The House of Data Imperiali bulletins are extracts from the articles of the Legal Information Service (SIG) edited by Mr. Rosario Imperiali d’Afflitto.

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Burden of proof in the exercise of privacy rights

The principle of accountability requires the controller to demonstrate its compliance with the requirements of the GDPR, establishing a general reversal of the burden of proof. This conclusion is especially true in controller-supervisory authority relationships and, to a lesser extent, in controller-data subject interactions. There are, in fact, situations in which the data subject cannot claim prerogatives granted to him or her by law, without substantiating his or her claims in any way.

In this circumstance, we will reread the provisions on the exercise of rights under this particular interpretation.

Accountability and burden of proof

The data controller bears the burden of proof on all disputes where the subject of the issue is compliance with the principles of data processing under Article 5(1) of the GDPR. Indeed, “in accordance with the principle of accountability set out in Article 5(2) of Regulation 2016/679, the data controller must be able to prove that it has complied with the principles applicable to the processing of personal data set out in paragraph 1 of that article” (CJEU, SS SIA v. Valsts, C-175/20, p. 77).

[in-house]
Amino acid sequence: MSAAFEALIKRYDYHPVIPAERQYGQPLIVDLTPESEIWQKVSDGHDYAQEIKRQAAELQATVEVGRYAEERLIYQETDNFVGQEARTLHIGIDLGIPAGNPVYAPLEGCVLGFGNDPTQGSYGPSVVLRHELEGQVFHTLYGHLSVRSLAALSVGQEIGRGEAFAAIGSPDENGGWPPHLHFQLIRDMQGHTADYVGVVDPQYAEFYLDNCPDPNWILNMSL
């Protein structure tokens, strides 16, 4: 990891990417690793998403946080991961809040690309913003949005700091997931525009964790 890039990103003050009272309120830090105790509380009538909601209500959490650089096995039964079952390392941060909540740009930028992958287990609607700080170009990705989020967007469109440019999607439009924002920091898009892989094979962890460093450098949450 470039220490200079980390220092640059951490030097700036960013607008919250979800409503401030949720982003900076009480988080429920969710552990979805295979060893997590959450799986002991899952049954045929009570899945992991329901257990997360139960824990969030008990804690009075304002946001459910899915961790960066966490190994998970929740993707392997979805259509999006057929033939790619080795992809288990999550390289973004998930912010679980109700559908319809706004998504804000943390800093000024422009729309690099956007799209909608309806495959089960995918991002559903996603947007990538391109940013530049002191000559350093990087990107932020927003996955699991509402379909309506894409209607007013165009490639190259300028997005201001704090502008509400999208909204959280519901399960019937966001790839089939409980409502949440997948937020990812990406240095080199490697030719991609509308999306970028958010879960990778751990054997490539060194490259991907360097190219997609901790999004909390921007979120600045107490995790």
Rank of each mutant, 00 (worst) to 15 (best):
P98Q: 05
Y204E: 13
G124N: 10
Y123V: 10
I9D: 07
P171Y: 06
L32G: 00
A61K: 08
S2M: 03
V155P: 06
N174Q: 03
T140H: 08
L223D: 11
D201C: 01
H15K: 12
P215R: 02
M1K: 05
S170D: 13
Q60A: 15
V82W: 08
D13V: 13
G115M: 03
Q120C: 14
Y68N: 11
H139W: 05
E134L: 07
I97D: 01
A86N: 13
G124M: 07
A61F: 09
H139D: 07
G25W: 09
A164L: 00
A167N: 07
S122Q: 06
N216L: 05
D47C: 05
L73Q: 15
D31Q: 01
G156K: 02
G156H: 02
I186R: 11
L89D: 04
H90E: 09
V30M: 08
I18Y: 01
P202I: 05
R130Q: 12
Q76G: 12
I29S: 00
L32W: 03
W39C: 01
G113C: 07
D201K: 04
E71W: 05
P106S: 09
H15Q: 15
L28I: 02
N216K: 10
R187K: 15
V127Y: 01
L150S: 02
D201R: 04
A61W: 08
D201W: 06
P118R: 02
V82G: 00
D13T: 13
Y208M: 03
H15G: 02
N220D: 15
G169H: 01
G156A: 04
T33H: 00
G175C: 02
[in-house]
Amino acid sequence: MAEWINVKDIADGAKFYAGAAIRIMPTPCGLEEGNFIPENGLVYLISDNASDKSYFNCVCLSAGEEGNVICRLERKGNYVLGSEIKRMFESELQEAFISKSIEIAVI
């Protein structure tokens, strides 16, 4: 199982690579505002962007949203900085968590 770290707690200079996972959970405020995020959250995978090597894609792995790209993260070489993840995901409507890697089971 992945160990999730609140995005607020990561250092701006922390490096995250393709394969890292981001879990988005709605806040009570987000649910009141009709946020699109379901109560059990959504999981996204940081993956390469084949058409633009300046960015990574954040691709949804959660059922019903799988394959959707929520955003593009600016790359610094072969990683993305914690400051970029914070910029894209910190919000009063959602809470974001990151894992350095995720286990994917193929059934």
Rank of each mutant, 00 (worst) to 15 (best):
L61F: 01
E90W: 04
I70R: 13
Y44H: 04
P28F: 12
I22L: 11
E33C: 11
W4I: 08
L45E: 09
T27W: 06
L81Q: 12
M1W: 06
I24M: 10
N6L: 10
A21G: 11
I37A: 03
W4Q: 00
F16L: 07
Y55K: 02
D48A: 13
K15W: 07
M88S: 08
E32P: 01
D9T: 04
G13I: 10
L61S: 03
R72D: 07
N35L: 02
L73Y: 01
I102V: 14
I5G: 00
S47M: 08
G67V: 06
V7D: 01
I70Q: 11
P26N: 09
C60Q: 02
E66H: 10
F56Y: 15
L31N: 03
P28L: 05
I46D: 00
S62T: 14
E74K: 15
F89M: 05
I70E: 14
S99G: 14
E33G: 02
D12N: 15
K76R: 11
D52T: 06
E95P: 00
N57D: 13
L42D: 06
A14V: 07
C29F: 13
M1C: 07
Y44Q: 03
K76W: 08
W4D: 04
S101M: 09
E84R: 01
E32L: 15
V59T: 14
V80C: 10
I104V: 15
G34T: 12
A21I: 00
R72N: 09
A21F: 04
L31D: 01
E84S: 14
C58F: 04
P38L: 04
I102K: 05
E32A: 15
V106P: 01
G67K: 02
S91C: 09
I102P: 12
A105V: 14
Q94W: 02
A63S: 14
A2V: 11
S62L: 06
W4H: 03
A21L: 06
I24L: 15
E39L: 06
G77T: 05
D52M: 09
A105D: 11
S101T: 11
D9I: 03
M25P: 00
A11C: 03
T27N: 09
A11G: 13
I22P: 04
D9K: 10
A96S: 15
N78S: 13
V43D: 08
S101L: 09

According to the jurisprudence of the European Court of Justice – to the extent that the relevant Union legal act does not contain any specific provisions – it is up to the national court to apply the rule of the burden of proof provided by the national legal system, as long as this does not undermine the effectiveness of the Union law and ensures compliance with the obligations arising from the Union law ( cf. European Court of Justice, judgments of 3/10/ 2013 – C-113/12 p. 61, 9/7/2020 – C-86/19 p. 44 and 21/12/2021 – C-124/20 p. 65; see also Opinion of the Advocate General of 20/6/2019 – C-212/18 p. 47).